By Vicki Hildner | University Communications
When Amanda Tharp decided to advance her education at CU Denver's College of Architecture and Planning, she hoped she would land an exciting internship.
She never imagined she would find herself standing at a podium in front of the Salida, Colo., town council with television cameras recording every word as she presented her designs for the renovation of a favorite local event and community center.
“I had never spoken at such a formal meeting, much less one with all the city leaders,” Tharp said. “They didn’t treat me like a student—they treated me as if I were part of an actual design firm. They gave me feedback on my design and are talking about actually getting it built! That’s why I love being part of this kind of project.”
CAP in the Community
View the work of UTA students
Wednesday, Sept. 3, 2014, 4-7 p.m.
University of Colorado Denver
College of Architecture and Planning, CAP 2nd Floor
1250 14th Street, Denver
The University Technical Assistance Program
Tharp is just one of more than 30 students getting real-world experience through the University Technical Assistance (UTA) program, which matches talented undergraduate and graduate students with small Colorado communities that have special planning and design needs they cannot address with local resources and staff.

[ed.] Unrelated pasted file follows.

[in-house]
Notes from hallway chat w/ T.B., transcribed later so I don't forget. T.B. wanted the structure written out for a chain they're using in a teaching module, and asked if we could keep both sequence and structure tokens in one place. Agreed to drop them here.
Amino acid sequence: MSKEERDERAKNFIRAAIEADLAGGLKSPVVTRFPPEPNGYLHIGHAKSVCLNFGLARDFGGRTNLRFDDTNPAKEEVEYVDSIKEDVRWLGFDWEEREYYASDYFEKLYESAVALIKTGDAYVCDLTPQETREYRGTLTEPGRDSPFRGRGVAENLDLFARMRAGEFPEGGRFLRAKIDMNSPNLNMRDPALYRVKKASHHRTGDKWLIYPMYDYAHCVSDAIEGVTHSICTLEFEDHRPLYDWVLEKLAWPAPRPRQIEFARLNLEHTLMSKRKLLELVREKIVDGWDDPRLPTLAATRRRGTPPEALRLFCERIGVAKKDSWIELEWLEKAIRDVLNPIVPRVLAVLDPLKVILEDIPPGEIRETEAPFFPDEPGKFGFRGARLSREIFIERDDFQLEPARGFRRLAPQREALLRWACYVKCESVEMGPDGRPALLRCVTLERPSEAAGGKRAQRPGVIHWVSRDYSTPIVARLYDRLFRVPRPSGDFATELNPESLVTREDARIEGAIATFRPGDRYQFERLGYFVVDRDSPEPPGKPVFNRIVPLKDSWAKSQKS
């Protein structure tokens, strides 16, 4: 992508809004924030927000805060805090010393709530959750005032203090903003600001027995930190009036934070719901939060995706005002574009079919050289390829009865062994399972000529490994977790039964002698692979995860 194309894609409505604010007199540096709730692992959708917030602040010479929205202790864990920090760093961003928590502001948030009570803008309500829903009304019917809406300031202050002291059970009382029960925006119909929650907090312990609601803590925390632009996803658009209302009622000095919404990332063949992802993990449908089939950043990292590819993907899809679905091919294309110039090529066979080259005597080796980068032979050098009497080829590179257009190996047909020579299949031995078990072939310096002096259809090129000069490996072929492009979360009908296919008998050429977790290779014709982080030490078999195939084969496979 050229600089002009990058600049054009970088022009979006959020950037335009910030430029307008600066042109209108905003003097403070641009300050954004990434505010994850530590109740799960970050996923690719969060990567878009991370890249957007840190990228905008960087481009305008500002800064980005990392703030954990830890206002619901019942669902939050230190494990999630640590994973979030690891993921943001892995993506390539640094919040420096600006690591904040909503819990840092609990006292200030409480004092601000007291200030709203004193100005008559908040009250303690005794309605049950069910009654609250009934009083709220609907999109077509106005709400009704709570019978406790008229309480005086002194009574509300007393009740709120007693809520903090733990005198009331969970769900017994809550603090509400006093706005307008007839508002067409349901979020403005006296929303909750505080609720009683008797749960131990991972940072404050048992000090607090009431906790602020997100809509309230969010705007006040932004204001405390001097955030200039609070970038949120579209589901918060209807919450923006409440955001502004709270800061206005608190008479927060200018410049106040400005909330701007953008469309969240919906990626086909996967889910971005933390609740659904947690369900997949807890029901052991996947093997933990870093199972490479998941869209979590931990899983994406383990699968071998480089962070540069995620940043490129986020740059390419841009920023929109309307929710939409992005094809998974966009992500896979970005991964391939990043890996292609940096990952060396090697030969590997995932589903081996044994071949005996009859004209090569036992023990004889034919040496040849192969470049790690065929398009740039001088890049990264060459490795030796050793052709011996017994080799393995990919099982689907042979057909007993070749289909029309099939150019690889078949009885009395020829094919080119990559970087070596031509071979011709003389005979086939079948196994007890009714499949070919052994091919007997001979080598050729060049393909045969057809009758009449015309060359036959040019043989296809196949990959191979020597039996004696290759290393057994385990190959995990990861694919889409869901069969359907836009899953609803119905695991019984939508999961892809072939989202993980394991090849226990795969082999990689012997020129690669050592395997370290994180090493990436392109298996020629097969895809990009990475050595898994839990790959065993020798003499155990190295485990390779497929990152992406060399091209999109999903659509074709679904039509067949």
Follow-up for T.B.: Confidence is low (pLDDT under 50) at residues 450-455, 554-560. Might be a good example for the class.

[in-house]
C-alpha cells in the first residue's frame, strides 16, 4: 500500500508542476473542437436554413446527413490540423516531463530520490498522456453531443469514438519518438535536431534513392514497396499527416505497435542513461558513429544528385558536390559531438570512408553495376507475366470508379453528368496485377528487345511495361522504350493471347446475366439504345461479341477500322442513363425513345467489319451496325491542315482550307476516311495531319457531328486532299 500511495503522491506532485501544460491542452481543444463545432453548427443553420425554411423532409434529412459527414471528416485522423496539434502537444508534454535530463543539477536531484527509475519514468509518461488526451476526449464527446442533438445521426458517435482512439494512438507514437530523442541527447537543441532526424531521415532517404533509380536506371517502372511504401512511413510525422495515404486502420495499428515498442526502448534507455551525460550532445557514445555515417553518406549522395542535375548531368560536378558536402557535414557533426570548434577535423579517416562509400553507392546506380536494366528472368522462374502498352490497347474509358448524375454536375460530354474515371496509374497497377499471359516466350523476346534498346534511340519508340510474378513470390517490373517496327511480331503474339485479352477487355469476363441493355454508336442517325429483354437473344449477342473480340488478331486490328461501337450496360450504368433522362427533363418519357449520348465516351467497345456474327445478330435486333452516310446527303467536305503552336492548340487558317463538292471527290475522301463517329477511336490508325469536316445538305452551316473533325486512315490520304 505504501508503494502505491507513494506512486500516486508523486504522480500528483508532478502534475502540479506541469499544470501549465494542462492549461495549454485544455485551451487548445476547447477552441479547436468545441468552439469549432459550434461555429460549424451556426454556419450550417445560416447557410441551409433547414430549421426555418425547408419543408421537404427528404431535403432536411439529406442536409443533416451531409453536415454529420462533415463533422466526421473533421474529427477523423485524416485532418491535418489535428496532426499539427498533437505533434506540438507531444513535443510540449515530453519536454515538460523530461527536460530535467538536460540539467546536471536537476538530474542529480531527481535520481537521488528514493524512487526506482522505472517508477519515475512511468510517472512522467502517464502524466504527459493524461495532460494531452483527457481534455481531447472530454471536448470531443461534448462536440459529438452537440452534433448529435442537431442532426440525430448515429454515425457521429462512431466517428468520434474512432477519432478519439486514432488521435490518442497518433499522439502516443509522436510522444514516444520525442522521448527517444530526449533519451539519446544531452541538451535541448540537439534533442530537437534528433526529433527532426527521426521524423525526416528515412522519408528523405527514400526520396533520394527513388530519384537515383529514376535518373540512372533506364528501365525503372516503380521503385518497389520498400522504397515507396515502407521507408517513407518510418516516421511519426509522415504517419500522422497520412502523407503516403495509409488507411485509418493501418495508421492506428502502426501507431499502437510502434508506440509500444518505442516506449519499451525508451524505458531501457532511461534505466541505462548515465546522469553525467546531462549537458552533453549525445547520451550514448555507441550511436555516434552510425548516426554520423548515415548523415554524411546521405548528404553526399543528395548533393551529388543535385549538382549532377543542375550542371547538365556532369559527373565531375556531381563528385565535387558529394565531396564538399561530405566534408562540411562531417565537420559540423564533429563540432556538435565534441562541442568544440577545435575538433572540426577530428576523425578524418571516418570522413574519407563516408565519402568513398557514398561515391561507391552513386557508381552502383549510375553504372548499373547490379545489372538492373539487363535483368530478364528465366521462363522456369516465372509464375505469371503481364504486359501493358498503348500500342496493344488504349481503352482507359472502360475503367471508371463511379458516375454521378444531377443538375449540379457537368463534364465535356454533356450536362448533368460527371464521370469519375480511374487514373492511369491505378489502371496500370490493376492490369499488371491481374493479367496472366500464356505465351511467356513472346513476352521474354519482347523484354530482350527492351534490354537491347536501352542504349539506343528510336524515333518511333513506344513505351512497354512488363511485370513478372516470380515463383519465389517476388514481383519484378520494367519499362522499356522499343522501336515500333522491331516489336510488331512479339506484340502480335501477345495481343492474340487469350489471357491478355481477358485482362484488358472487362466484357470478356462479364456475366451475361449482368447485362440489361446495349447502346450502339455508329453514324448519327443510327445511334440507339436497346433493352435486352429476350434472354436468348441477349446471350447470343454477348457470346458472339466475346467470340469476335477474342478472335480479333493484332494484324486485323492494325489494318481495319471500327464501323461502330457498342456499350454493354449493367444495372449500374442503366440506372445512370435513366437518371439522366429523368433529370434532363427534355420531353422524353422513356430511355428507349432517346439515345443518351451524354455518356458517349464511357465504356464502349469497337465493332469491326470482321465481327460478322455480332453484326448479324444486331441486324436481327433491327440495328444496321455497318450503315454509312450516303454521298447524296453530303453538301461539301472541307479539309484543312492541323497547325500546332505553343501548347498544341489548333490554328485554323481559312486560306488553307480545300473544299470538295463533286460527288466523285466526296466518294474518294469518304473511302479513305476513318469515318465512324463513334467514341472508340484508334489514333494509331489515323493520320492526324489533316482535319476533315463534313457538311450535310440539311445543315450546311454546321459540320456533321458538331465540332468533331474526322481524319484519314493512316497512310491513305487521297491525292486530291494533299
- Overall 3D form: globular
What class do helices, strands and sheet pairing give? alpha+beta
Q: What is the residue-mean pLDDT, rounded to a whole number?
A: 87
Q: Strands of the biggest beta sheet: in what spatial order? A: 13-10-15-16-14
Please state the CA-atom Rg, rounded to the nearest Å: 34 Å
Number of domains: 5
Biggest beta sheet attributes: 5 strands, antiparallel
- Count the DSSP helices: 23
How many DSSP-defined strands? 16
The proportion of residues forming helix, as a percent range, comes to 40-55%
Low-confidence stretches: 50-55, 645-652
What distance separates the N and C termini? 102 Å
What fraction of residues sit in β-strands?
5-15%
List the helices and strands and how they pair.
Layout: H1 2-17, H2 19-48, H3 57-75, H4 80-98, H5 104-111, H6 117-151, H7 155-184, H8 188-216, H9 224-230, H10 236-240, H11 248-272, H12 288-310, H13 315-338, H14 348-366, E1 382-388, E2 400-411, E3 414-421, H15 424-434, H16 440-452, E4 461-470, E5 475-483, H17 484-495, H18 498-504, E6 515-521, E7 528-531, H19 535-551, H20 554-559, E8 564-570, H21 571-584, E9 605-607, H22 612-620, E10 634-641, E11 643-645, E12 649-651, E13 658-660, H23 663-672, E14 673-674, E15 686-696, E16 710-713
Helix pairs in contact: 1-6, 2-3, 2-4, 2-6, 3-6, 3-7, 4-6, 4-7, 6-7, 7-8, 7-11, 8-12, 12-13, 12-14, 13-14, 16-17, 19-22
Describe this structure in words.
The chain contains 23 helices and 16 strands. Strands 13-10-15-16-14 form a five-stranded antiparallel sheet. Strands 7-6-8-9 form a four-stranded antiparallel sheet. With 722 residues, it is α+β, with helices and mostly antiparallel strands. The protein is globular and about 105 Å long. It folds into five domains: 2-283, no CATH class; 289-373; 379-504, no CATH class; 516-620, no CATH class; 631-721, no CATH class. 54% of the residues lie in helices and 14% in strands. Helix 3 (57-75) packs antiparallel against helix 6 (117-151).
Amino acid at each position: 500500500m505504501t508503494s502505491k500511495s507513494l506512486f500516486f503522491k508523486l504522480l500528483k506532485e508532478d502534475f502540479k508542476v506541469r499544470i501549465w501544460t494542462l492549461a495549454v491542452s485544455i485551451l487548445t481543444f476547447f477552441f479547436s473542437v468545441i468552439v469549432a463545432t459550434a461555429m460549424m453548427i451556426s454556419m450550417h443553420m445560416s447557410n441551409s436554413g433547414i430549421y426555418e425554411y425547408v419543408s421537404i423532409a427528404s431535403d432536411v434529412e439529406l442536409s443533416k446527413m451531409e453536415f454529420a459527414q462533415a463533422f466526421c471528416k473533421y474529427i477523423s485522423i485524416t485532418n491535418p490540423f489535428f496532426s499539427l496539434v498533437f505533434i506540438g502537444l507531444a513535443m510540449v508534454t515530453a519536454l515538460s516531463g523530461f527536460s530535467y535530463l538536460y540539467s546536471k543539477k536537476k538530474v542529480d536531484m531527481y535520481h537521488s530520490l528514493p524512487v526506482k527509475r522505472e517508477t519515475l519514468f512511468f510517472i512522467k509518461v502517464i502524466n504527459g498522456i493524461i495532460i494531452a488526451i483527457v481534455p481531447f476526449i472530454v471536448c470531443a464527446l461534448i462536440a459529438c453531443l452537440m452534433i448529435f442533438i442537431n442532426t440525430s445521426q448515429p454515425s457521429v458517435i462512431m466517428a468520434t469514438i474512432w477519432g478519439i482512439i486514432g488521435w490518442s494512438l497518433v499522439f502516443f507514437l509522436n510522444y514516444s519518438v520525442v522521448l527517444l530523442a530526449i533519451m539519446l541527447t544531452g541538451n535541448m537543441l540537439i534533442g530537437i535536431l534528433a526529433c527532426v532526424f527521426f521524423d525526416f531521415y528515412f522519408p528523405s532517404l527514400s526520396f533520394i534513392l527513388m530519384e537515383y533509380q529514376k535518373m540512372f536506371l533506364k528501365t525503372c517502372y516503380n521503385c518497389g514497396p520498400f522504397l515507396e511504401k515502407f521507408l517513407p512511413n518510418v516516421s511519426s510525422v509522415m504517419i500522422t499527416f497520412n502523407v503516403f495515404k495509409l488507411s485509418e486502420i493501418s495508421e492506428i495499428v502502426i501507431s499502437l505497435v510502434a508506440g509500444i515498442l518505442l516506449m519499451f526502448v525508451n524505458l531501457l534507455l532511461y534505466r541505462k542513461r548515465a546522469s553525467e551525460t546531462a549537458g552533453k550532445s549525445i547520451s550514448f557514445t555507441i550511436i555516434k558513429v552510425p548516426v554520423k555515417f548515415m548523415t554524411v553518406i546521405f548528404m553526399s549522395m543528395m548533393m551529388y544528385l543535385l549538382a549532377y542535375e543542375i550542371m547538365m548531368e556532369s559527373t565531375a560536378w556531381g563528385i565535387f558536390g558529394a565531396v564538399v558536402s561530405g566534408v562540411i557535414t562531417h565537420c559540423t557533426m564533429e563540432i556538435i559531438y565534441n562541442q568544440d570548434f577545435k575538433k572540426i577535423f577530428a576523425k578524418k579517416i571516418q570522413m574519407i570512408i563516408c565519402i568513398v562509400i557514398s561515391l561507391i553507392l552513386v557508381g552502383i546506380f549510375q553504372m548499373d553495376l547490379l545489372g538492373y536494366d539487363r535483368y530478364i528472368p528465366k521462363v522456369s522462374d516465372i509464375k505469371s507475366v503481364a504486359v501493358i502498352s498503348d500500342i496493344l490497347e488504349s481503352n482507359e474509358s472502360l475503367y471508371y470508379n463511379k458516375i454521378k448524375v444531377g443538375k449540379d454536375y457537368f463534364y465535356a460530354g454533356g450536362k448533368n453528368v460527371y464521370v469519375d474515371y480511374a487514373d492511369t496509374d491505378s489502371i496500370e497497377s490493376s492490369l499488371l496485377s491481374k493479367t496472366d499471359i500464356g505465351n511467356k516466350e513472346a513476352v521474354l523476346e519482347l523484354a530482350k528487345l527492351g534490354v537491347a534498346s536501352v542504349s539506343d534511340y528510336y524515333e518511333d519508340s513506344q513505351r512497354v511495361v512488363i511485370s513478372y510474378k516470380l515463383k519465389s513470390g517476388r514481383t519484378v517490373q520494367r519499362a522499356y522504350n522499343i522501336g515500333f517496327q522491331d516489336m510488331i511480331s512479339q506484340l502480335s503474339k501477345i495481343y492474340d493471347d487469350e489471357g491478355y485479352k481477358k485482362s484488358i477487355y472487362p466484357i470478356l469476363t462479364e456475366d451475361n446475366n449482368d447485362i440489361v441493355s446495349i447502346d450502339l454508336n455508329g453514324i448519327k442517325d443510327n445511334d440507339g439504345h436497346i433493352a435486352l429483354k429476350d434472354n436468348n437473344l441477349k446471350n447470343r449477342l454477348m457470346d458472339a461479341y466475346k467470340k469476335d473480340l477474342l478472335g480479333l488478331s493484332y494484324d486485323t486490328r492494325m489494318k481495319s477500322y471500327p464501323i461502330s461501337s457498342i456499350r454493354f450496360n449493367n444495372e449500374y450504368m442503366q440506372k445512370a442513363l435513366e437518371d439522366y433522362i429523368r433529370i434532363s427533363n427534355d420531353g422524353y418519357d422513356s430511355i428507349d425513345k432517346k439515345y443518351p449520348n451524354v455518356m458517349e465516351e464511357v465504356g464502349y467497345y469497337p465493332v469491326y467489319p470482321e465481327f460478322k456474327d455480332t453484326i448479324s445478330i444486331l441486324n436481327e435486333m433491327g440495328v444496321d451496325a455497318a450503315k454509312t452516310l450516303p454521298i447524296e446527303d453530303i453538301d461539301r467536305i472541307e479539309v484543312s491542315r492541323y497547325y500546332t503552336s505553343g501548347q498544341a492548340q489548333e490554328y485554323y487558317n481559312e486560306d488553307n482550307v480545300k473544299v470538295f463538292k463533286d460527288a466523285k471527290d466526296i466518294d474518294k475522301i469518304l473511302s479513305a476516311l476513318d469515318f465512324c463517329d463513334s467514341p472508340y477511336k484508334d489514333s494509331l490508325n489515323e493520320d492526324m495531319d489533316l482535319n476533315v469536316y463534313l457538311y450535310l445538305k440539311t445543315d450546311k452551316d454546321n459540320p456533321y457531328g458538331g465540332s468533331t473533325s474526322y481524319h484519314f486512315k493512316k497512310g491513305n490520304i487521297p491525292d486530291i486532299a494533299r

UTA is a program within CU Denver’s Colorado Center for Community Development (CCCD), a center that has partnered with communities and neighborhoods for nearly 50 years, completing more than 2,000 projects around the state.
“We help local communities help themselves,” said Vickie Berkley, CCCD’s assistant director for civic engagement . “There is something wonderful about how much impact one project can have on a community.”
UTA has tackled a variety of community projects, including schoolyard designs, surveys, wayfinding signage, community centers, bike and hiking trails, parks and tourism. Students have worked in many small Colorado towns, including Mancos, Hayden, Yuma, Saguache, Salida, Fruita and Rye.
Funding for UTA comes from the Colorado Department of Local Affairs (DOLA). With DOLA support, UTA employs three professionals experienced in architecture and landscape architecture to supervise projects and mentor students. Students are paid for their work, with a community typically picking up 50 percent of the project cost and UTA paying the other half.
Because UTA work varies and can include everything from brochure design to public health surveys in all four corners of the state, students from all schools and colleges on all four campuses in the University of Colorado system can apply to be hired by the program. CCCD is considered a professional experience provider for architecture students; their UTA work will be credited toward the 2,000 hours of professional experience required before they take their exams to become licensed architects.
“What UTA does is at the heart of the mission for a college that focuses on design and urban and community planning,” said Christopher Koziol, PhD, CCCD director and associate professor of architecture. “It creates opportunities for students to learn what works and what doesn’t work when engaging a client. And it offers services to clients who would not otherwise get professional design consultations.”
Favorite Success Story